I'm pleased to say that my teenager is FINALLY getting to a relatively independent stage in his learning.
Helping my fourth-grade daughter gain this sense of independence has not been quite as smooth. She still wants my constant attention and approval, which is obviously understandable. But to encourage her independence, this year I'm giving her a weekly responsibility chart.
Giving her a to-do list for her daily schoolwork helps her see the things she can do to herself, and when I'm tied up with helping her younger sister, she can see her jobs before her.
Responsible Kids is the Goal
The whole point of a child's education is to help a child become independent at learning. I want to help my kids see the ways they can solve their own problems, direct curiosity to resources that can answer questions, and find joy in exploring the world and how it works. By the time students graduate from high school, they should have some degree of understanding about their own responsibility to succeed, in education and elsewhere.
My teenager, now 14, is finally taking responsibility for his many assignments. He can't say that he loves his homework, and he would not have chosen the intense classes for himself if he had a choice. That said, I also do try to remember his age and remind him of various chores and homeschool assignments that he needs to be doing. This is to make sure he remembers his own responsibilities. I've noticed, though, that he now resents that because, as he says "I know! I know!"
When Do You Start Teaching Responsibility?
There is a time and a place for teaching responsibility.
When my son was in elementary school, his writing and history notebook was lost. It was a primary-grade lined book with a section on top for illustrations.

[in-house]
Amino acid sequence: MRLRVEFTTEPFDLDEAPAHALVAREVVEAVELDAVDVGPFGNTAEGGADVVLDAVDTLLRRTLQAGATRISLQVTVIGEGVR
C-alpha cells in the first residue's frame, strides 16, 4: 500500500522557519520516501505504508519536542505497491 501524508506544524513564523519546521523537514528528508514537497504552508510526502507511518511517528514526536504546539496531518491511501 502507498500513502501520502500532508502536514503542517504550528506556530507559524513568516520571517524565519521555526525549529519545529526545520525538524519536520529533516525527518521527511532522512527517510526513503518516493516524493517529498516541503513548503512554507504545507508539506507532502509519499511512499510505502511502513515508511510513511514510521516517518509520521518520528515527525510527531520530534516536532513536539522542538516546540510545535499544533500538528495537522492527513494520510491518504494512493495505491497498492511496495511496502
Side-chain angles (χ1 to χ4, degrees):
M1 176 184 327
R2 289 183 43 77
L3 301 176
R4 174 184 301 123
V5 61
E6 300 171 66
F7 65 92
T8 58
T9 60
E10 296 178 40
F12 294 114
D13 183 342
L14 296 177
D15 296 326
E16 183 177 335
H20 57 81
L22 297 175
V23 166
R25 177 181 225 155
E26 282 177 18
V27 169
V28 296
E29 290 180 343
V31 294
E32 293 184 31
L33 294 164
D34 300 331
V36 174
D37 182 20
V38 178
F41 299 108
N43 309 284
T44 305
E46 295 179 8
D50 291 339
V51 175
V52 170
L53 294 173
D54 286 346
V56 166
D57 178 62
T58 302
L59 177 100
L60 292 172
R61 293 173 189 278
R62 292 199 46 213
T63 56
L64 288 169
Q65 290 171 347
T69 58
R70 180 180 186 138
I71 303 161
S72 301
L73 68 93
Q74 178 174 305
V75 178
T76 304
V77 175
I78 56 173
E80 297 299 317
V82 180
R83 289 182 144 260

I was pretty annoyed by this. He told me he had been reading it and playing with it outside of the schoolroom. So it could be anywhere. Even after a few weeks, it was not found. Six months of notes had been lost, and while this seems like a silly thing for me to be annoyed about, it was meant to be his homeschool portfolio for the year, marking what he had learned and showing his improvement in handwriting and historical understanding.
What I realized from this experience was this: He had not learned that he needed to responsible. I had not expected him or asked him to take responsibility. It had never been something I'd asked of him. I had not set him up for any serious consequence or explained what I expected he needed to do. I had not taught him from the beginning that he was responsible for the notebook.
If I wanted him to be responsible for his papers and books, I needed to talk to him about it extensively before things got lost. I need to be more proactive in helping him. He needs guidance in learning responsibility. I can’t expect him to learn responsibility after the fact if I have not expected it all along!
Responsibility Charts to Help Children Learn
With my next two children, I've been trying to emphasize this kind of personal responsibility. One way I do so is by tracking good behavior with reward charts and tracking chores and homework assignments with weekly responsibility charts.
Actually, I started with a rainbow reward chart for my youngest two years ago when she was potty training. She loved running to add a sticker to her rainbow after a success. Now that she is in kindergarten, I can emphasize other successful behaviors. She is also eager to add a "done" sticker to her school To-Do list.
I had thought that my 9-year-old fourth grader would have preferred to track her work on a computer (as her older brother does), but she too enjoys tracking her finished work with a satisfying checkmark.
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Rewards & Chores Charts
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